iPhone Displaying Screen with Unfamiliar Number

Thank the coronavirus for a Drop in Robocalls

I never realized the magnitude of robocalls I got until I started working from home a couple of years ago. I would be sitting in my home office and the landline phone would ring constantly during the day announcing area codes I had never heard of. Even late in the evening and early on weekend mornings I would get these harassing robocalls. I would listen to my talking caller ID  announce strange and unfamiliar numbers. Or my answering machine would leave messages about credit card offers, vacation packages for sale, computer viruses, or my personal favorite the IRS and Social Security needs me to contact them immediately.

At first not understanding how scammy the whole process worked, I would pick up the phone and tell the person to stop calling and take my name and number off their call list.  When that didn’t work, I would press the number that offered a don’t call back option. I later learned that doing those things just made them call you more. The goal of robocalls was to find live numbers of real human beings. By engaging or pressing an option to don’t call me I was signaling that me and my number were real further increasing the opportunity for more calls and more harassment. Now I have stopped doing that but of course, like most people the calls still continued but not at the high volume as before.

I have noticed lately an even deeper decrease in volume of calls. And I can thank the coronavirus. According to YouMail, a technology company that tracks robocalls, during the month of March  there was a drop in calls with 4.1 billion compared to February’s number of 4.8 billion calls. Robocalls typically come from overseas call centers and they have had to close down due to the virus. A lot of these centers lack the infrastructure to protect their workers and practice social distancing. But like here in America, those companies will figure out work from home strategies and we might see an uptick in robocalls again.  If and when the onslaught resumes the calls will center around coronavirus scams and debt collection as millions of Americans are out of work and unable to pay their bills.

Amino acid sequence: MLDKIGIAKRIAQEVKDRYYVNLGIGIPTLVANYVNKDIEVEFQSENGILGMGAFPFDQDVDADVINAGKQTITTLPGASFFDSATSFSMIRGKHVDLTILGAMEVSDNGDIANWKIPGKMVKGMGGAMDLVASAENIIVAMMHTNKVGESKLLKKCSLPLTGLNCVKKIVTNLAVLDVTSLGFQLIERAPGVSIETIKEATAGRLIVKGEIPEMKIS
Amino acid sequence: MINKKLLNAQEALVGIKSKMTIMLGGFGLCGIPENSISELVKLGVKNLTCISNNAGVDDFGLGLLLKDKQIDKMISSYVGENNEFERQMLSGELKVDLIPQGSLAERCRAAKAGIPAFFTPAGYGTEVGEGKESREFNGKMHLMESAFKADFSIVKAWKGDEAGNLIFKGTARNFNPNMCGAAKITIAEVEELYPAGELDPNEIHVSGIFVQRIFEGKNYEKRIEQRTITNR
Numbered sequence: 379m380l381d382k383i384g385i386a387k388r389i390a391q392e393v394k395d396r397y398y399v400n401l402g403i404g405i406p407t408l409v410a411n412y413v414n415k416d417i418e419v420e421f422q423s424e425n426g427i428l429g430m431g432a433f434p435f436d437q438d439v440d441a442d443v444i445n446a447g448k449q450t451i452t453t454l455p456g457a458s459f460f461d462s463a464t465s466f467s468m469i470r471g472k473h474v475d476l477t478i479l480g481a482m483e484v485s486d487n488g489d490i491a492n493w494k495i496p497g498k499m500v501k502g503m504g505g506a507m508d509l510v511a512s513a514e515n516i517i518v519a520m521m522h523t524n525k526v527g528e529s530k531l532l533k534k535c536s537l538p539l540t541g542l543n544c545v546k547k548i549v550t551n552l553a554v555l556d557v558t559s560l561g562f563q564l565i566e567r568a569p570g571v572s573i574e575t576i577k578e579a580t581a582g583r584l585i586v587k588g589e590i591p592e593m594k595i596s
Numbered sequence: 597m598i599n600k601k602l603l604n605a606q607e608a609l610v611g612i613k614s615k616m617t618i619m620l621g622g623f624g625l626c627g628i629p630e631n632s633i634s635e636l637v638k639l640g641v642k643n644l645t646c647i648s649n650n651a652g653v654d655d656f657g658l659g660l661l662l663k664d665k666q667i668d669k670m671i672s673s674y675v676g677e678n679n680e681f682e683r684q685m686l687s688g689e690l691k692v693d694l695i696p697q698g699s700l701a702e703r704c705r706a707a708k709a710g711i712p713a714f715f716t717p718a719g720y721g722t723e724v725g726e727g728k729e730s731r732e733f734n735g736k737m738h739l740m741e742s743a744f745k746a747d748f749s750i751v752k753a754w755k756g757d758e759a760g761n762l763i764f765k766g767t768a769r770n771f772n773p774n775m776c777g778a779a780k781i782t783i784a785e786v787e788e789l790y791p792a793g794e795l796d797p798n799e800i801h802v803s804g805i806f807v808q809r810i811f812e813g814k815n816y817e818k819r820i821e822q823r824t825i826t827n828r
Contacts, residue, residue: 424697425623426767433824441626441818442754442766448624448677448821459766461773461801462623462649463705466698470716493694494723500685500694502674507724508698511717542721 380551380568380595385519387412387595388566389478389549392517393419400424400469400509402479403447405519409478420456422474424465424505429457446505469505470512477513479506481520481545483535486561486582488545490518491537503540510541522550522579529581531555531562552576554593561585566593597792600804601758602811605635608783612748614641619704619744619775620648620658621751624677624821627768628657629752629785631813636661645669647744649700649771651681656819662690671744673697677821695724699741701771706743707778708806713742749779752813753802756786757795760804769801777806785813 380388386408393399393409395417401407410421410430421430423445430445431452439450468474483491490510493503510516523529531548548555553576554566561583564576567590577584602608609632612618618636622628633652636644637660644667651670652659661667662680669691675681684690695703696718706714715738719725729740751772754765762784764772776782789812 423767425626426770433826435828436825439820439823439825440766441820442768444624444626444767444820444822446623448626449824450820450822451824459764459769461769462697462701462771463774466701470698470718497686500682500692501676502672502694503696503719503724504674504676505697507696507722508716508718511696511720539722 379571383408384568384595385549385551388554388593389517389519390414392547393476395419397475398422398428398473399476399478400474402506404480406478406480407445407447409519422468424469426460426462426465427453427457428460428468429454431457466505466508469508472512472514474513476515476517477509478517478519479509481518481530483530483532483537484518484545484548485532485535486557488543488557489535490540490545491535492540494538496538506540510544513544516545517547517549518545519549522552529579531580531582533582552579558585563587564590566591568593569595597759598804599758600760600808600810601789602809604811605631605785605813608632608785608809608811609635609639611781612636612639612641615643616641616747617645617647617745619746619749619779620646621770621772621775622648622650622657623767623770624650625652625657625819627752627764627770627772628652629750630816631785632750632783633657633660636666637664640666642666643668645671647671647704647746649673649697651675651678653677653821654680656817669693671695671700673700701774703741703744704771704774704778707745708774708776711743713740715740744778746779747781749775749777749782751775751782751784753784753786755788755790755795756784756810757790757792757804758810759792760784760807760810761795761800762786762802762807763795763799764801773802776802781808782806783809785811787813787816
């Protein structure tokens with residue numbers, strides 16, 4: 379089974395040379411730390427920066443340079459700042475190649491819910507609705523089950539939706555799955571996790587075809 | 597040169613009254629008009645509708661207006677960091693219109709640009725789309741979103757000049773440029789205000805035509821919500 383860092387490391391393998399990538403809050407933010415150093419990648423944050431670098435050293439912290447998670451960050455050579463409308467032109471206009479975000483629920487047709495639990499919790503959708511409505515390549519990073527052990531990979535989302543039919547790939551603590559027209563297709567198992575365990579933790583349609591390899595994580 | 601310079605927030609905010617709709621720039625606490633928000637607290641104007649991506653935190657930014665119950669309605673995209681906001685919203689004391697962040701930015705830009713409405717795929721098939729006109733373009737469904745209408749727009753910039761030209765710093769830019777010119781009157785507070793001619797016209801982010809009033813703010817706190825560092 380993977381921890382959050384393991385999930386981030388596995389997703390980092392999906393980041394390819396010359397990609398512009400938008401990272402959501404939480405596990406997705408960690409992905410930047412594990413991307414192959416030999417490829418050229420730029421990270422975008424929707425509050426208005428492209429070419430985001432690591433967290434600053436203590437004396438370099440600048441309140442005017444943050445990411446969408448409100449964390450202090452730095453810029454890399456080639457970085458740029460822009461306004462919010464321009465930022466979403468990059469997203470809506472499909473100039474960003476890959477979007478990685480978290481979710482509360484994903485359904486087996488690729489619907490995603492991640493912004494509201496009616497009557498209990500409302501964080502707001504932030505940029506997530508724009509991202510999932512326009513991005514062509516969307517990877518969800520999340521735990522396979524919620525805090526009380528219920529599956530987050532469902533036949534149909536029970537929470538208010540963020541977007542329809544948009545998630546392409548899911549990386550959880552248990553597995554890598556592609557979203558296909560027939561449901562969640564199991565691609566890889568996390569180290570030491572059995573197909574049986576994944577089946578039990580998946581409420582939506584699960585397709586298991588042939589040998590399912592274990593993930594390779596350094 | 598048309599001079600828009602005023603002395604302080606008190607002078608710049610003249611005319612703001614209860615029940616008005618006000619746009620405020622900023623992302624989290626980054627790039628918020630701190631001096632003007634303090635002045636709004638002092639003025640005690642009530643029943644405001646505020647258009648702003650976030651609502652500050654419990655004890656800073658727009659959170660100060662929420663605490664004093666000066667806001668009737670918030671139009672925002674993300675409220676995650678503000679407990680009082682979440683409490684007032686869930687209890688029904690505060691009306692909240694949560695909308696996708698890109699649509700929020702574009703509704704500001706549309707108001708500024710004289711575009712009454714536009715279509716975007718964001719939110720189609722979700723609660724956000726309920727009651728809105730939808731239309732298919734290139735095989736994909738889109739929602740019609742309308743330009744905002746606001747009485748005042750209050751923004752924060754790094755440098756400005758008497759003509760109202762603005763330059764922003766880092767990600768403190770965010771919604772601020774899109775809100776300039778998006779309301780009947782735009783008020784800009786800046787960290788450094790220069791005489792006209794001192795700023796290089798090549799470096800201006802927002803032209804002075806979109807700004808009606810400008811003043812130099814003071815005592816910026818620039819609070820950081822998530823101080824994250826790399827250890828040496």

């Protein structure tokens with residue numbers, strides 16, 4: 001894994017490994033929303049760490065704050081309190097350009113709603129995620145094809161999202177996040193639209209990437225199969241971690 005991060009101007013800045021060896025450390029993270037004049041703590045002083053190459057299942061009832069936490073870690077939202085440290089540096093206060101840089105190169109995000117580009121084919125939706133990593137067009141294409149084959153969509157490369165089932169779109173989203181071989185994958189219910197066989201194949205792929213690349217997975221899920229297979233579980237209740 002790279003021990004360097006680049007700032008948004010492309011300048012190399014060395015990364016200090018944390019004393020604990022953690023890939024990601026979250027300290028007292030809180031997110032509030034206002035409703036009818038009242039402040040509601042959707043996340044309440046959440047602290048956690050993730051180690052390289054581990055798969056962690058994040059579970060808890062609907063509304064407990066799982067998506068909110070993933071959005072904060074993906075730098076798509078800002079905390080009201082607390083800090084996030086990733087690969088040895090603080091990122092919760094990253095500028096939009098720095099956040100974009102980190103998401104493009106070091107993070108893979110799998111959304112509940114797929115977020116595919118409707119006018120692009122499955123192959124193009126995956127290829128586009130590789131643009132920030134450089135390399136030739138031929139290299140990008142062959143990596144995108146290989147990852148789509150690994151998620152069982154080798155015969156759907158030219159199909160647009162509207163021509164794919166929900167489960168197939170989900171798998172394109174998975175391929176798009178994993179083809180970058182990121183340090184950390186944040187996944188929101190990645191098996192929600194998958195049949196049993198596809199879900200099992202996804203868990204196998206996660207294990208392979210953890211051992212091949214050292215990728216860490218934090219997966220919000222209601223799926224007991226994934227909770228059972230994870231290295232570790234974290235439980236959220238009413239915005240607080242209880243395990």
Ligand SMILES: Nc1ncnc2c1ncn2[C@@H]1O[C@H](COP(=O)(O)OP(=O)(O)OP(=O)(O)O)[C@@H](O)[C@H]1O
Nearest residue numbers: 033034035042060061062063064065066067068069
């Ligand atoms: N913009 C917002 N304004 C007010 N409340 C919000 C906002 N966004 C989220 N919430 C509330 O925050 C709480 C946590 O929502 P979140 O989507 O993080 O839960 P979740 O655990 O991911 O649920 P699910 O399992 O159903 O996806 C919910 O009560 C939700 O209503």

The government has been paying attention and making stronger efforts to put things in place to combat the robocall problem. The TRACED  Act was passed last year  allowing people to identify calls to avoid  answering them. Also, in March the FCC said it was abandoning plans for US telecom companies to voluntarily implement methods for reducing robocalls and making it mandatory. They are giving the industry until June 30, 2021, to roll out “Shaken/Stir,” a system that allows companies to verify that a call is from who it says it’s from. This addresses the problem of “spoofing,” which is when a call appears to be legitimate when it isn’t.

The FCC also created a dedicated website  with consumer warnings and safety tips around the coronavirus including info on robocall scams.

I know that these efforts will not completely rid all robocalls but I think it is a step in the right direction. I also know that responding to callers whose numbers you recognize is a good best practice. I am not sure if we will ever be fully rid of robocalls but I do appreciate the fact that my time at home during this pandemic has been a much quieter one.

4 thoughts on “Thank the coronavirus for a Drop in Robocalls

  1. Hi Empish,
    Oh yes, I couldn’t stand it! The majority of our calls on the landline was like that, and then we had more because of the charities that I fund. I hate it when they call me for extra money. The caller acts like he or she understands then pressures me to pay a smaller amount. Now I usually do not answer. I just let it ring. if it bothers me enough I answer it and wait for a click sound.If I hear that, I simply hang up without saying anything.
    Thanks for bringing this subject up.


    1. Amy, it is unfortunate that your heart to give has been used against you in the form of harassing phone calls. I have worked several years in non-profit work and I learned a long time ago to not pester the donor too much because that could impact their giving. But it seems that you have found a solution that is working well and good for you on that account.


  2. I thoroughly HATE robocalls and have a rule where if I don’t recognize the number I simply don’t answer. They were annoying back when I had a landline but I was okay with it because I really wasn’t using it except to screen calls. When they began calling my cell though I was livid because it feels like an invasion of privacy. I know these companies need to make money but there’s got to be a better way where people can subscribe to these calls if they want them.


    1. Yes, I do the same. I know in an update to iOS 13 Apple created in settings some kind of robocall block feature where if the person is not in your contact list they will go straight to voice mail. I don’t think the phone even rings. I am thinking that the android phone would have some similar.

      Liked by 1 person

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